Unique Elevators and Hoists

Scaling the Heights Towers, Milestone Buildings / Plumbing Depths / Support for Other Transportation / Aiding the Less-Than-Able / Mini-Lifting / The March of Modernization

Aiding the Less-Than-Able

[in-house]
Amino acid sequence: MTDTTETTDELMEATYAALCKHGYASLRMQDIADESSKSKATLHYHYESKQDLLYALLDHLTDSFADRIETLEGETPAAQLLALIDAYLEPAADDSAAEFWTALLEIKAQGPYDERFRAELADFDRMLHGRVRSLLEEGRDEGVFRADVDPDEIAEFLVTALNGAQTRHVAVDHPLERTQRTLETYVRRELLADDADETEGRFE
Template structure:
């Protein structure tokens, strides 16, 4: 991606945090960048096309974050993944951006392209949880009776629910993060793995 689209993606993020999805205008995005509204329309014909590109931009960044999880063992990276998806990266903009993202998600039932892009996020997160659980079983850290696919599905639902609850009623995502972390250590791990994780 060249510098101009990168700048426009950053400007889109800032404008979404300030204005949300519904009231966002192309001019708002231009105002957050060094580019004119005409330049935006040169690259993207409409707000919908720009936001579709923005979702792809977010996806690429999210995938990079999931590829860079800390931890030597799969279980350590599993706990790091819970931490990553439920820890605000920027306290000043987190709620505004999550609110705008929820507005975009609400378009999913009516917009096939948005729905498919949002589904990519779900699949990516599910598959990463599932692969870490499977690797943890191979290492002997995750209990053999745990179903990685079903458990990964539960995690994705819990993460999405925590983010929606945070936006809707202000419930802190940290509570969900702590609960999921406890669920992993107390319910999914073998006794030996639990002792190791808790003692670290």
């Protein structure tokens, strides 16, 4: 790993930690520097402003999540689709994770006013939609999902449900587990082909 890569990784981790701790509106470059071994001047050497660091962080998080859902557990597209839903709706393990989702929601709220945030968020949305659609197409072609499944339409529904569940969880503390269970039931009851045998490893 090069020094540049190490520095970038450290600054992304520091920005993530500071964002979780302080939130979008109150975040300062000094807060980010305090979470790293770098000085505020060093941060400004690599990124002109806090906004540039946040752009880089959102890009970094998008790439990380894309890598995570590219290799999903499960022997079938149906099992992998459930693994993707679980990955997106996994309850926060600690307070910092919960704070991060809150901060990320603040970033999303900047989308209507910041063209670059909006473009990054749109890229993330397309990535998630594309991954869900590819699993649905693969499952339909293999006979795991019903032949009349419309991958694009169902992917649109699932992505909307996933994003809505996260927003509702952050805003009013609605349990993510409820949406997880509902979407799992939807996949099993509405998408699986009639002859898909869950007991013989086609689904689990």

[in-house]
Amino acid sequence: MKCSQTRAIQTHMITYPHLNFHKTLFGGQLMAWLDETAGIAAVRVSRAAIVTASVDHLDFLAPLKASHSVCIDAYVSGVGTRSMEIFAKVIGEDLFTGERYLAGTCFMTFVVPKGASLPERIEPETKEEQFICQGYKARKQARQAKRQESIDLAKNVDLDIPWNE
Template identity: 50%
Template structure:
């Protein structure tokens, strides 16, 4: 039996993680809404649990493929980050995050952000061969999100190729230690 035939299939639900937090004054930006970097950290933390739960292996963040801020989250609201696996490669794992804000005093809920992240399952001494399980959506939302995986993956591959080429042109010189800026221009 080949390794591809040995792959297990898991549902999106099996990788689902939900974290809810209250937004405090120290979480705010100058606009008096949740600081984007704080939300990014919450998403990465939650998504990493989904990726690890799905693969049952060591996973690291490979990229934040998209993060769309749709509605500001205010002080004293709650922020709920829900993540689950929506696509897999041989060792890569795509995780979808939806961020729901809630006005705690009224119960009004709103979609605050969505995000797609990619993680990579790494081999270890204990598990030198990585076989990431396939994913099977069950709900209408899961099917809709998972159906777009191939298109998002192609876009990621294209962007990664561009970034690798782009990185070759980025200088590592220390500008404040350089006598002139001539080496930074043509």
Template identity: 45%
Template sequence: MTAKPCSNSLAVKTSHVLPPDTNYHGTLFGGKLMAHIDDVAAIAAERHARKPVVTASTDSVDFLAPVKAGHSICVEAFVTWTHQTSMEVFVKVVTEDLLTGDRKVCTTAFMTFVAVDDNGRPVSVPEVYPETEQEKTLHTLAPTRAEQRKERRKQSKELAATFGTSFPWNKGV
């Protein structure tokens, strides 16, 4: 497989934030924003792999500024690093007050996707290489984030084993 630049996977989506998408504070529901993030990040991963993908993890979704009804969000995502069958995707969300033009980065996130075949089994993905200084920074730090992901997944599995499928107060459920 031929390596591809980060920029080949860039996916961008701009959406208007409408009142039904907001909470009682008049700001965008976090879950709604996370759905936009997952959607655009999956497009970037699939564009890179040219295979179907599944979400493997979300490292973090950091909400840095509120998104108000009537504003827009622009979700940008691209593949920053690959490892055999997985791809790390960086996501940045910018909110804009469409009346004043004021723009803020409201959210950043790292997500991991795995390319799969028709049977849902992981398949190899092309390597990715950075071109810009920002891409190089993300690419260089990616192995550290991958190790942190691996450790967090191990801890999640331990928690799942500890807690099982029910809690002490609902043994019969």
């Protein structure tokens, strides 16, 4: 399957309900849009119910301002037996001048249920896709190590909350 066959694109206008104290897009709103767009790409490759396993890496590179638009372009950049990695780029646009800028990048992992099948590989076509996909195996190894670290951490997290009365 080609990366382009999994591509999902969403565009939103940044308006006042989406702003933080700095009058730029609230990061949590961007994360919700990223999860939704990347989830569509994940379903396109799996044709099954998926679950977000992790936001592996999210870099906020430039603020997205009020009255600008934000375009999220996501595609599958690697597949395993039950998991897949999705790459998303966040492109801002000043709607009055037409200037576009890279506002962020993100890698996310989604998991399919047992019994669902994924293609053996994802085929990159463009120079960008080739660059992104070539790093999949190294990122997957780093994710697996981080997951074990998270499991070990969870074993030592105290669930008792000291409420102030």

Hospitals for the sick came into being shortly after the time of Christ, when the government of Rome established regulations for such facilities, as well as medical licenses for trained physicians. Five hundred years later, Japan's Crown Prince Shotoku is said to have completed a hospital in Nara. In 970, a great hospital was founded in Baghdad by vizier Abud al-Daula with a division between physicians, interns and externs. The patients of these facilities required careful handling, and no doubt, various types of hand-powered lifts existed for many centuries in multistoried hospitals. Fortunately, early patients could not observe that they were being raised by a single rope with no safety! The catalogs of by-gone lift manufacturers indicate a number of hand-power devices to be used for lifting infirm and aged persons at home. Royalty, and those who began accumulating great wealth during the Industrial Revolution, lived in multistoried palaces or baronial estates. They desired the amenity of easy movement between floors when unable to handle the staircases. Initially, various kinds of hand-power lifts served to move the infirm of high estate. When electricity replaced the bulky stream and hydraulic power, private elevators became more compact and came into their own. The literature of elevator companies indicated that commercial-type lifts were installed in the multistory mansion homes on New York City's Fifty Avenue and equivalent neighborhoods in other major cities. Streamlined design of electric lifts eventually allowed single passenger residential lifts to be "packaged" for easy installation in the two- and three-story homes. Another "arrow in the quiver" of the elevator company was the electric "stair climber" that made it possible for an infirm individual of modest means to remain at home. On the other end of the scale were the emerging high-rise hospitals in which a score or more elevators -- sized to carry beds -- were coordinated to serve the complex needs of what had essentially become a minicity!